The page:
These children are confused and have to guess when mom or dad will be prepared to bond and connect again.  Not wanting to miss out on something good becomes the child’s primary motivation.  A child is stuck unable to discern time to bond from time to rest.  This produces highly sensitive and over vigilant children.

The solution, of course, is for the parent(s) to learn how to relate to the child in a way that produces secure bonds. Parents must learn to synchronize to their child’s needs rather than their own.

You can talk, research and learn a head full of knowledge but it will only make minimal difference. The benefit of learning (left hemisphere function) is that you understand the need for brain training (right hemisphere function.) The bonding styles are housed in the right hemisphere of the brain and are learned through modeling. Your brain needs to SEE how it is done. Your brain needs a model to copy. To change your relational style you need to imitate someone who knows how to have and make secure bonds.

Skill2_fmt

Learning to quiet one’s self and develop secure, joyful bonds is what happens in Track One of Thrive Training. You also learn this in the Connexus classes. We cannot think of anything more helpful in “the equipping of the saints”[1] than shoring up these kinds of “breaches” in relational skills and strengthening God’s people.


[1] Ephesians 4:12–Prepare/Equip/Mend

12 to equip (G2677) his people (perfecting of the saints-KJV) for works of service, so that the body of Christ may be built up-NIV

[1] The greek word καταρτισμός (G2677) translated as “equip” in NIV and “perfecting” in KJV is a masculine noun from a greek verb καταρτίζω (G2675).

The noun means literally “complete furnishing”.  Looking at its parent verb, we see more of the essence of how people are to be equipped or furnished.

This parent or root word means[1];

1. to render, i.e. to fit, sound, complete, to mend (what has been broken or rent), to repair, to complete, to fit out, equip, put in order, arrange, adjust to fit or frame for one’s self, prepare ethically: to strengthen, perfect, complete, make one what he ought to be

This same word is what the fisherman were doing with the nets.

Mt 4:21 Going on from there, he saw two other brothers, James son of Zebedee and his brother John. They were in a boat with their father Zebedee, preparing (mending-KJV)(G2675) their nets. Jesus called them, NIVMk 1:19 When he had gone a little farther, he saw James son of Zebedee and his brother John in a boat, preparing (mending-KJV) their nets. NIV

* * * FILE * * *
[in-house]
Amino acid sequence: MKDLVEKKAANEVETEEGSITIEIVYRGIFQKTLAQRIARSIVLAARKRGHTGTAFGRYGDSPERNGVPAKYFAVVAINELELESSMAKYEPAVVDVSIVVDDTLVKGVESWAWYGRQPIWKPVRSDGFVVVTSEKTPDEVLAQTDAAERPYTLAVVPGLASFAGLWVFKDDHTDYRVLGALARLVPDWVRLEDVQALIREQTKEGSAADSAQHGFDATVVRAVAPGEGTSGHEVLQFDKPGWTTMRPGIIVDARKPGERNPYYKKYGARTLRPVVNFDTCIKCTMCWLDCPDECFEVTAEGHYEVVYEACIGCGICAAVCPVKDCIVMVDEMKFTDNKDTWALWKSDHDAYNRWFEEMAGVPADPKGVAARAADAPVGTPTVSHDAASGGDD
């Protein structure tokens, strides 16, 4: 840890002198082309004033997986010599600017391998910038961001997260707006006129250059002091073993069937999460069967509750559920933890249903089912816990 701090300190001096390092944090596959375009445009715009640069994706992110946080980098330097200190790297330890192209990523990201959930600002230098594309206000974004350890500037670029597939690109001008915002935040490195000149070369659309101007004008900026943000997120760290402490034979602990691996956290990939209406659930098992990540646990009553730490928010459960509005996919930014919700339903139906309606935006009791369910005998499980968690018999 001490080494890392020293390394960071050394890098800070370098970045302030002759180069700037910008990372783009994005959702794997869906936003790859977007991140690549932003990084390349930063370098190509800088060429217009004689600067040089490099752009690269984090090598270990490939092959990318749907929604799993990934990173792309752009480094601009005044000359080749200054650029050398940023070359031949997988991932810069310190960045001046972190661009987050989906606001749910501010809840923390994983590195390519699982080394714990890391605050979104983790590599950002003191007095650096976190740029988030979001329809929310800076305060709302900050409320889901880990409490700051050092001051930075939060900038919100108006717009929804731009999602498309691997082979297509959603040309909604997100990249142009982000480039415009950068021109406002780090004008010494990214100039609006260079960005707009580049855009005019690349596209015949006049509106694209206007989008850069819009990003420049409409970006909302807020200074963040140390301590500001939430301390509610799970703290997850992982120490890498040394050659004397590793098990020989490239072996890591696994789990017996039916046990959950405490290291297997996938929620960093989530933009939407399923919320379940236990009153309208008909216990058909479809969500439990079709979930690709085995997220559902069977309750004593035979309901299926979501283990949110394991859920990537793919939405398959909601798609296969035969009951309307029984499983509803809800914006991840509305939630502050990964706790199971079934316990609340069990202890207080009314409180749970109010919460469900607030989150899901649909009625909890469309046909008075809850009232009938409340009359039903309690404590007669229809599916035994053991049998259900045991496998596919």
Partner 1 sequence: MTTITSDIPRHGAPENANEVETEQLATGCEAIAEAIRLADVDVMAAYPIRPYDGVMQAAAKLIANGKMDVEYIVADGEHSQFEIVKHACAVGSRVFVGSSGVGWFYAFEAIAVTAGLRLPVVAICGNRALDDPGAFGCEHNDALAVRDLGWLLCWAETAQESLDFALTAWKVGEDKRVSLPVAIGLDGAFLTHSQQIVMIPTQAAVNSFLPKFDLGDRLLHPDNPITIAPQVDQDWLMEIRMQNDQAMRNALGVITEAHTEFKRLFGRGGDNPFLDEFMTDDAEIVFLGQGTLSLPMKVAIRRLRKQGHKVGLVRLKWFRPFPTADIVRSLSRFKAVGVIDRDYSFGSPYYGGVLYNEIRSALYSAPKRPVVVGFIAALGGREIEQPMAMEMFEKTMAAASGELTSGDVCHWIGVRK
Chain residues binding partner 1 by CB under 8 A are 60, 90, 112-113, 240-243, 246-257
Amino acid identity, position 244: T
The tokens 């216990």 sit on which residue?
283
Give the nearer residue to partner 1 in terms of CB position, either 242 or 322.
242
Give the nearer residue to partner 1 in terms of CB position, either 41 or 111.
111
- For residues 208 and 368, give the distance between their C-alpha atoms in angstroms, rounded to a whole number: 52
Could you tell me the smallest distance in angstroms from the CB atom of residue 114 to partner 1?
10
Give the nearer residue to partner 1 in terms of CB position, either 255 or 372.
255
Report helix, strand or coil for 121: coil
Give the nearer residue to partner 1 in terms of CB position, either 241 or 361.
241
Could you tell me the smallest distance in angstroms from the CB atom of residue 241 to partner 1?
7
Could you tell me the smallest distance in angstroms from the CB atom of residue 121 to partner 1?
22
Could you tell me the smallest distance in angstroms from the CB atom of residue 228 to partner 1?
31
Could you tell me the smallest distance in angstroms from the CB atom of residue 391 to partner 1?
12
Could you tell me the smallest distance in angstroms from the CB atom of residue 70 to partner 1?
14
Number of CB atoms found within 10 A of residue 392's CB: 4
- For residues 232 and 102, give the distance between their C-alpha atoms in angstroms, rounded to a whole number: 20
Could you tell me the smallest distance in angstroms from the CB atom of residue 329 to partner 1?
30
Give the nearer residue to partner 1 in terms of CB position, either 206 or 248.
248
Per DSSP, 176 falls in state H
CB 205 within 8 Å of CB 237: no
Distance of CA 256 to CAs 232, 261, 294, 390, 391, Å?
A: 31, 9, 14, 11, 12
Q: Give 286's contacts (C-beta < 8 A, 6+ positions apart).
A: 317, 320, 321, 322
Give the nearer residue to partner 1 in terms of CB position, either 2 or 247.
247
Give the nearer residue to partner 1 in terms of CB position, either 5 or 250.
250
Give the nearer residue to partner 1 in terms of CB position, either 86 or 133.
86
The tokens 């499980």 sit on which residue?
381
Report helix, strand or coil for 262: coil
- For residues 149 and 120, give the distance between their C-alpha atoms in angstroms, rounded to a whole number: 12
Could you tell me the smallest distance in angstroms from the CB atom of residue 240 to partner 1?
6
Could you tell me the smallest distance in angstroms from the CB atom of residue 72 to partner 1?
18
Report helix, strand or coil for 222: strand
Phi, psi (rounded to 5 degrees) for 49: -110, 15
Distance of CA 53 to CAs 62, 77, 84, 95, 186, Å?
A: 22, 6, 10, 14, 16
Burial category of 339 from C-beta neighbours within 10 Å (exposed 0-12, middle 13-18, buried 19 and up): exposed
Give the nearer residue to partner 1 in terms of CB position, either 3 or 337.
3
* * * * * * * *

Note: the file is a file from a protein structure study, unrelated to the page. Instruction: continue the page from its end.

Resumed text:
This helps us understand that when the Lord gave us “11 … apostles, the prophets, the evangelists, the pastors and teachers, 12 to equip his people for works of service”,  this equipping people for works of service is the same as the fishermen “mending” their nets.  Church leadership is to mend what was broken or torn, to repair, to complete, to equip, to make fit, strengthen, complete, prepare us to be what we ought to be.

Thrive Registration Reminder 

Feb. 23-27, in Austin, Texas

July 26-31, 2015 in Grand Rapids, Michigan 

Registration Information here.

 As we once again celebrate the coming of our Savior, may your joy be full,

Chris & Carol

Chris Coursey, MA Theology – Author, Speaker and Thrive Trainer,  www.thrivetoday.org

Twitter – @coursey_chris

Carol A. Brown, Author of The Mystery of Spiritual Sensitivity and Highly Sensitive         www.fromgodsheart.com

Carol’s email – godsheart@comcast.net

 

 

Sin & Not Acting Like Yourself!

It is so easy to become so consumed with Thanks- giving and Christmas activities at church, school and home that you lose track of who you are and what it is like to be you. Sunday School dinners, class plays, decorating, shopping and holiday baking, gift making and wrapping …you become driven by your list until your spouse asks who you are and what you’ve done with the real you!

Miserly, greedy christmas man possessive of money

(Photo courtesy of Fotolia)

The book of Proverbs says that a deceitful heart keeps people from finding and doing good. (Proverbs 17:20) Someone not synchronized with God becomes vulnerable for perversion, deceit, and distortedness. All of these characteristics obviously are unhealthy and do not promote life. Paul helps us understand more on keeping an open connection to God and acting the way you are designed.

Writing to a group of believers, Paul says sin impedes your ability to act like yourself. He explains that everyone is capable of sinning, or failing to act like themselves–we all sin and fall short of God’s glory. Romans 3:23

  • You are not justified by your works or through your deeds.
  • You receive justification from a holy God through faith alone in the atonement of Jesus Christ.
  • You require and need atonement to pay for your sins.

However, a struggle still rages as you discover how to act like yourself and stay synchronized with God.

Paul’s struggle with not acting like himselfIn Romans chapter 7, he shares his discontentment and frustration with how sin caused him to do things he did not desire to do. Sin, the deadly gene passed down from Adam and Eve caused Paul to fail at acting like himself.

Paul concludes the problem is sin and the flesh. Who Paul really is desires to please and serve God. As a Christian you are no different than Paul. A battle still rages in your members as you wrestle with sin (death) and acting like yourself, which is life.

PowerPoint PresentationYou draw on right hemispheric experience when upset.  Left hemispheric activity–words, explanations and information–do little to help you when you undergo intense distress.